Type 1 diabetic Ruby Howe, 11, and her mum Linda.Two years ago, Launceston’s Ruby Howe found herself in hospital with dangerously high blood sugar levels after being diagnosed with type 1 diabetes.
The potentially life-threatening disease affects about 300 children in Tasmania.
Rotary Club of Launceston hands over $1000 donation to Diabetes Tasmania to assist with its camps @[email protected]南京夜网/2FBl1OV1gw
— Carly Dolan (@CarlyRdolan) June 23, 2017
Before her diagnosis, Ruby was getting dizzy when she stood up and her eyes hurt when she looked at lights.
“She felt like she was going to vomit and she was getting headaches and lost weight,” her mum Linda said.
“You see your child go through this life threatening, life changing disease, so these camps are great because you know they’re safe with nurses and staff there.
“It’s so important that they meet other kids with the same disease. They need to know they’re normal and they’ve got support.”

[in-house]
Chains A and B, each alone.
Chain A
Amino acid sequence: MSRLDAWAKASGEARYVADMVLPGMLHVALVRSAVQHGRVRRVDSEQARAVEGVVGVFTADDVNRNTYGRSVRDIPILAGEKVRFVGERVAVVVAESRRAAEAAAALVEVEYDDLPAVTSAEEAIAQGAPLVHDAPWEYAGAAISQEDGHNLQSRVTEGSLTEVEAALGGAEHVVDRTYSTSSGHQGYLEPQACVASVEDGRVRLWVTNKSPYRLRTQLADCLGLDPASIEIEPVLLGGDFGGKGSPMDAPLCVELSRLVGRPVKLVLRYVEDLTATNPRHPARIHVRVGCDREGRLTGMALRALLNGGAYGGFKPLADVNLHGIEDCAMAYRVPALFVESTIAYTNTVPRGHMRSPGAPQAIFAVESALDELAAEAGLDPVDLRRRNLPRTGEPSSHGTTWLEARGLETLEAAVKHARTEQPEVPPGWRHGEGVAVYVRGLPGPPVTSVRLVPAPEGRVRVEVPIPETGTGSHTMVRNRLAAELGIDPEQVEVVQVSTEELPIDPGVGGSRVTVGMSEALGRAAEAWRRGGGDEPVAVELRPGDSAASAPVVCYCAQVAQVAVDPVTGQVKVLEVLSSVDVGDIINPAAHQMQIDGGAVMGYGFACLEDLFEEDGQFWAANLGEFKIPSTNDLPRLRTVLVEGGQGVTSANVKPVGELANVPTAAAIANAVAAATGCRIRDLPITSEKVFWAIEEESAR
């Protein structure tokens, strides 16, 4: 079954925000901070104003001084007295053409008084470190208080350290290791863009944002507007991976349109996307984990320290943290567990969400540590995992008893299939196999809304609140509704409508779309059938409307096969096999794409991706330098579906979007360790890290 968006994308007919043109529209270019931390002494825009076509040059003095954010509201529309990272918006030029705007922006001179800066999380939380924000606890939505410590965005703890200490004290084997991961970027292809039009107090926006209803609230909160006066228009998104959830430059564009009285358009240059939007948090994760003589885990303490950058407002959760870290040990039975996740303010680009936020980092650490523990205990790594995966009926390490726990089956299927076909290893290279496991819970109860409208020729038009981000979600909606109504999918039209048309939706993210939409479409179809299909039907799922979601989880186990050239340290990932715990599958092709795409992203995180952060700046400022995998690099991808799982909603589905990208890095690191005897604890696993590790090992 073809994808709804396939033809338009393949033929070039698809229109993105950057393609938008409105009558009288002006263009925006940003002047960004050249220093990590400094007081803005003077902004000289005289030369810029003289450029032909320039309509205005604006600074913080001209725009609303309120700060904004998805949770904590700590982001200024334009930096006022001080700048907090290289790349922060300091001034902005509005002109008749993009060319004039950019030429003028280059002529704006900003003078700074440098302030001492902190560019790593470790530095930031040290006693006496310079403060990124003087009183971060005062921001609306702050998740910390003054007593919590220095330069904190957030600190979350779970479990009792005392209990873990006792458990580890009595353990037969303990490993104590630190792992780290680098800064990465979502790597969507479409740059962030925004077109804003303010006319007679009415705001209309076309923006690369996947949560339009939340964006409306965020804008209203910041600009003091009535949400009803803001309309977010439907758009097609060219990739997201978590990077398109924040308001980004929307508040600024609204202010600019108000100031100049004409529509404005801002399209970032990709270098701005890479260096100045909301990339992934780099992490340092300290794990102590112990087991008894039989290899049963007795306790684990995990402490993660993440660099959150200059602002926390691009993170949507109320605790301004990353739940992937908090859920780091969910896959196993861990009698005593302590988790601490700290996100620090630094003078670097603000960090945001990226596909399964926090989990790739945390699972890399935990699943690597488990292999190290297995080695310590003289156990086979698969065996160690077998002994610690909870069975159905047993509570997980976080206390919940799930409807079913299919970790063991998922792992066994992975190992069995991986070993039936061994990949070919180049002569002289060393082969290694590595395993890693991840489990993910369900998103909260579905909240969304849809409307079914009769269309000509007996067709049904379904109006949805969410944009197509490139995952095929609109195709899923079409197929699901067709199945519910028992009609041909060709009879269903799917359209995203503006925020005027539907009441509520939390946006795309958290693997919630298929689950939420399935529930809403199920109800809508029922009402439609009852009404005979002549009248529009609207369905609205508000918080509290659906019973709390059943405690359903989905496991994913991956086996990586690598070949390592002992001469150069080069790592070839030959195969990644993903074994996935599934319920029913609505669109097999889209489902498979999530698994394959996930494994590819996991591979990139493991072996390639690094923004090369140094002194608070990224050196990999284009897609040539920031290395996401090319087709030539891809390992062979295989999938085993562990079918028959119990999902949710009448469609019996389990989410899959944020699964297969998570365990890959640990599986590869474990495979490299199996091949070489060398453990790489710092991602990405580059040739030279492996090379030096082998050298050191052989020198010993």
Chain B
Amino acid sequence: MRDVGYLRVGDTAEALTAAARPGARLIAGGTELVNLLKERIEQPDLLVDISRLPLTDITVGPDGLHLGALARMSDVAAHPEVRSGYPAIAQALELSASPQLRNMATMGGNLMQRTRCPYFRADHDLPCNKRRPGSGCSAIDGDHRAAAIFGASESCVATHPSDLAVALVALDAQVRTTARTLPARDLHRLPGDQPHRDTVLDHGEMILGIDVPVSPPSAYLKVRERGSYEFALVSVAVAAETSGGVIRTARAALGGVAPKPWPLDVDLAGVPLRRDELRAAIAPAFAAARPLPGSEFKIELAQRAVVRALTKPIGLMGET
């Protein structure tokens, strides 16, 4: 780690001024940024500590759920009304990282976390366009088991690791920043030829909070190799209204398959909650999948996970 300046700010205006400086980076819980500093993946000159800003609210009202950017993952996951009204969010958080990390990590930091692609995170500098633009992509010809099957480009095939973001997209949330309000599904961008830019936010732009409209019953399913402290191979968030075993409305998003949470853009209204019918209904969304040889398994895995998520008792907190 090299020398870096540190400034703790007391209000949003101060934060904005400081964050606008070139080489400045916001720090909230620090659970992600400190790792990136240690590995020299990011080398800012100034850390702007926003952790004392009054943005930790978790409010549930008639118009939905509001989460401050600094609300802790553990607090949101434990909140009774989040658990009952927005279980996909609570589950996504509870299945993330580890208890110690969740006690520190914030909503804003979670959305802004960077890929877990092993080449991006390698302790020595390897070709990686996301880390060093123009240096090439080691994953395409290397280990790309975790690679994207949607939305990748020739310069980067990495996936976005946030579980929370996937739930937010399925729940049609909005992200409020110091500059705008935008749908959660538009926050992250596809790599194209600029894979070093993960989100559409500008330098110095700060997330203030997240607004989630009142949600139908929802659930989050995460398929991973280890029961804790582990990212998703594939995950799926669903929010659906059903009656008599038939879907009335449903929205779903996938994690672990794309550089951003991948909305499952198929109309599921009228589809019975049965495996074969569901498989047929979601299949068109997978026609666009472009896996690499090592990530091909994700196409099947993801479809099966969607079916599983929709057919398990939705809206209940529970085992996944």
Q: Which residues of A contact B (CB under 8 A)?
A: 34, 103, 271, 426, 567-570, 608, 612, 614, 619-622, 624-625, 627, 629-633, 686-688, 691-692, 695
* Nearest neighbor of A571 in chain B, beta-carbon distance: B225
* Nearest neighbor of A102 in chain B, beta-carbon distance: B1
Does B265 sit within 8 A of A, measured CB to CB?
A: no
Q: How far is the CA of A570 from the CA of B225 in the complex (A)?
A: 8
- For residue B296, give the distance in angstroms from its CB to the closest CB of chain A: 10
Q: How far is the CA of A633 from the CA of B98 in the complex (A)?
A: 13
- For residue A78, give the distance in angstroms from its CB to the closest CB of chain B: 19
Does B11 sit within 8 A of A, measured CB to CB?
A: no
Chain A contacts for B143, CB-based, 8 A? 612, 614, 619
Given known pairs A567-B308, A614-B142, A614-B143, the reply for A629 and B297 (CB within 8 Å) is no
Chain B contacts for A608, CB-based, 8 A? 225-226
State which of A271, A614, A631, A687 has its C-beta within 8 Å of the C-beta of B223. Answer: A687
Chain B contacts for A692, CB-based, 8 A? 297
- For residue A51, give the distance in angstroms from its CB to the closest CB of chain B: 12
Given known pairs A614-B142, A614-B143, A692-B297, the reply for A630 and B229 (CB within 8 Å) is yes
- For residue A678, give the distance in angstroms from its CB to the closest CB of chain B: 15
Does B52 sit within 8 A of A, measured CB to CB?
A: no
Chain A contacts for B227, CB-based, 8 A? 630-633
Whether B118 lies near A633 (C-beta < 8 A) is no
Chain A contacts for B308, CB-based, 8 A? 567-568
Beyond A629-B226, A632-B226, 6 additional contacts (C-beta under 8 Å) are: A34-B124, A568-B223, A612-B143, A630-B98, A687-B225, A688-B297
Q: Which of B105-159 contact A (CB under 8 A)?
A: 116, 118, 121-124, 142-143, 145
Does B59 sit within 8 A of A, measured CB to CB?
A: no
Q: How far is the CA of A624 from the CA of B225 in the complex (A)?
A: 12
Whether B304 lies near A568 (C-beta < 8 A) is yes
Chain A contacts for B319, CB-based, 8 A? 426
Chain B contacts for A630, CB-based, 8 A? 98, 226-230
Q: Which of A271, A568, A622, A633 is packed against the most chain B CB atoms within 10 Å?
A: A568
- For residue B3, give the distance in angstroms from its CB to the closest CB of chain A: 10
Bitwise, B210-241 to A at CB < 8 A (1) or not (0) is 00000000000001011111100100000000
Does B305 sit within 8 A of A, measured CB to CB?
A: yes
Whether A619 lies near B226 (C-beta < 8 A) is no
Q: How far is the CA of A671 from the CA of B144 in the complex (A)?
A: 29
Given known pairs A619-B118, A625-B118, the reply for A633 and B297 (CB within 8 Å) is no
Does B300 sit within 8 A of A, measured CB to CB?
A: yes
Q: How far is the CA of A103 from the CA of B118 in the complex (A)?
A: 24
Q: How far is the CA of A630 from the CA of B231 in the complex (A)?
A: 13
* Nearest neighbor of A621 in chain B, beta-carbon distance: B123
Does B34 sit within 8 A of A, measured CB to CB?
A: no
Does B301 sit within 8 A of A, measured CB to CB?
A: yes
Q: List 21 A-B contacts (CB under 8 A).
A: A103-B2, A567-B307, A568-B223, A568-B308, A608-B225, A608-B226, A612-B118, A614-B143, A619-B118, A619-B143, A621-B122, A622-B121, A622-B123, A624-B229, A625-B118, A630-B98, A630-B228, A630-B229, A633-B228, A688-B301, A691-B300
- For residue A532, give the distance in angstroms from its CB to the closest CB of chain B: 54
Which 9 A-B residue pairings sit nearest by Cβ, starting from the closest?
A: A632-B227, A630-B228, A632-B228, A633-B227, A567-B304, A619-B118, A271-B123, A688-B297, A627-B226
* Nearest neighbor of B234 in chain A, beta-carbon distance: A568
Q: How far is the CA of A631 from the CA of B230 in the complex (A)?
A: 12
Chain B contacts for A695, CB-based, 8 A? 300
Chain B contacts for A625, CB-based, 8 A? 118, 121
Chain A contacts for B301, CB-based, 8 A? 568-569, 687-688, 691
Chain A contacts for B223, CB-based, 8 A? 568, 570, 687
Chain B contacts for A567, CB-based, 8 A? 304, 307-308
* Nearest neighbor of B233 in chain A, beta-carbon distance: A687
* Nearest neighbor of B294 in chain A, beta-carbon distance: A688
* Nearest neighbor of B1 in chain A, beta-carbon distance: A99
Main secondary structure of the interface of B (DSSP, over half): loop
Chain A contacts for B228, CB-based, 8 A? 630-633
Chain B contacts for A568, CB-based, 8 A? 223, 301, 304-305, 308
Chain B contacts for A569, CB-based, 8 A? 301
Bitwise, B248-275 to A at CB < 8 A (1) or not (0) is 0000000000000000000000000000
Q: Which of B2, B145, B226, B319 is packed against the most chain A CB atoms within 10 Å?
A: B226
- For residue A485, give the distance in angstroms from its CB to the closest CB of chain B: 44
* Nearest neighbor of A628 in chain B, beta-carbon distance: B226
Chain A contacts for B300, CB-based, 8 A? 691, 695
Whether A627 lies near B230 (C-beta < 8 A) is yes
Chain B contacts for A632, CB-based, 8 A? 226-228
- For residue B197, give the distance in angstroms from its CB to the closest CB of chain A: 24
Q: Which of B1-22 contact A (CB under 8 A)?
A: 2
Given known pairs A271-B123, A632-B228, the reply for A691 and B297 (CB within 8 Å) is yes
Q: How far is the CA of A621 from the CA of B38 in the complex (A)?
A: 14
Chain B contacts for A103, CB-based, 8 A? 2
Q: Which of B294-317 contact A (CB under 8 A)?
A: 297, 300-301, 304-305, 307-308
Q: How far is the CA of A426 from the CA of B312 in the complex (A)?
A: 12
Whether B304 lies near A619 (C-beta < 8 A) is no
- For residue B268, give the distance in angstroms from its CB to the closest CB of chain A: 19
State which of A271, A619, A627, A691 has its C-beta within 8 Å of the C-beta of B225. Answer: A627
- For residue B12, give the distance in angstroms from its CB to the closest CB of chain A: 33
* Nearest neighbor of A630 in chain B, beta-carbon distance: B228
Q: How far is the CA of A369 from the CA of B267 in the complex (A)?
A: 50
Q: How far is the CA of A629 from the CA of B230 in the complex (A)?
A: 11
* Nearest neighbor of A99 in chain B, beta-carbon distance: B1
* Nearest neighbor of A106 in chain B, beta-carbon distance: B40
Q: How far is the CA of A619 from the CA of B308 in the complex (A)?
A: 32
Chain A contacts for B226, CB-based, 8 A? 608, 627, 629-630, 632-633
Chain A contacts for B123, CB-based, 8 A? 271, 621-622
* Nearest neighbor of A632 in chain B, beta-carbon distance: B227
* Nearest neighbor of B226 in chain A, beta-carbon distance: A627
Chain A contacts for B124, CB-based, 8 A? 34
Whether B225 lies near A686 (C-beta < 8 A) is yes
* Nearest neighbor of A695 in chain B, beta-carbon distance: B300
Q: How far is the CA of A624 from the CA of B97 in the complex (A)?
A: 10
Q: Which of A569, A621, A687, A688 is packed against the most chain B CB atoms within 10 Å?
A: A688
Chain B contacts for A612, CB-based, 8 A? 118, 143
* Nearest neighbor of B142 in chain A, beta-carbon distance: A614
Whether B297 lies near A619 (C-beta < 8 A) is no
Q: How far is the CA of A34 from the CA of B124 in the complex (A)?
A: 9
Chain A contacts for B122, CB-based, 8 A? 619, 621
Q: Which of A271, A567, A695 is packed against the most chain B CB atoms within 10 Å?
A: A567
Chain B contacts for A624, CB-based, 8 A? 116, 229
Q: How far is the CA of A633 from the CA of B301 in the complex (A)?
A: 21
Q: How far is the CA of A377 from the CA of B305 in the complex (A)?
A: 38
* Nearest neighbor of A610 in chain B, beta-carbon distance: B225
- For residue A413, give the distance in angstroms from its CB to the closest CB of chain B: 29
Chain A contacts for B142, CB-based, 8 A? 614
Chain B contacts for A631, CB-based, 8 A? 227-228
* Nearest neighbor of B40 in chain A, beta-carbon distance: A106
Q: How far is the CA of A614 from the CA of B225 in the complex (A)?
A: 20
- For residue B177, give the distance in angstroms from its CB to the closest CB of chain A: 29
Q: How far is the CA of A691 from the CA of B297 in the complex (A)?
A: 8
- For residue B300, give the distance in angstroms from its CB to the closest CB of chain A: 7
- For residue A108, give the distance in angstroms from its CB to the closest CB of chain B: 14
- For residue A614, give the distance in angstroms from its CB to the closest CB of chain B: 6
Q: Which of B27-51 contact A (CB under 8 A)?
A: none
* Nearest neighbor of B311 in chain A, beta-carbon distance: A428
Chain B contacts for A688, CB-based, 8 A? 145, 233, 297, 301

Ruby wears an insulin pump and sensor, which means she is able to do the things she loves, like playing basketball.
“I wear the pump 24 hours a day, except when I’m playing sport, swimming or taking a shower,” she said.
Rotary Club of Launceston’s Graeme Williams with Ruby and Diabetes Tasmania chief executive Caroline Wells.
Ruby is now 11 and went toher first Diabetes Tasmania camp in September, which enabled her to meet other kids her age with type 1 diabetes and learn about self-management.
Ruby attended the junior camp for 10 to 12-year-olds.
“I was really scared to go but I’m glad I did,” she said.
“I’m still friends with some of them and we did challenges like throwing eggs back and forth to each other without breaking them. We went bushwalking and made damper.”
The Rotary Club of Launceston made a $1000 donation on Fridayto support the running of the Diabetes Tasmania camps, which range from family camps for parents and children, all the way up to young adult camps.
Diabetes Tasmania chief executive Caroline Wells accepted the cheque from the Rotary Club of Launceston.
“This allows type 1 diabetics to learn life skills and self-management with dietitians, educators and nurses there,” she said.
“Growing up, it can be particularly hard because they’realso dealing with all the other issues of adolescent.”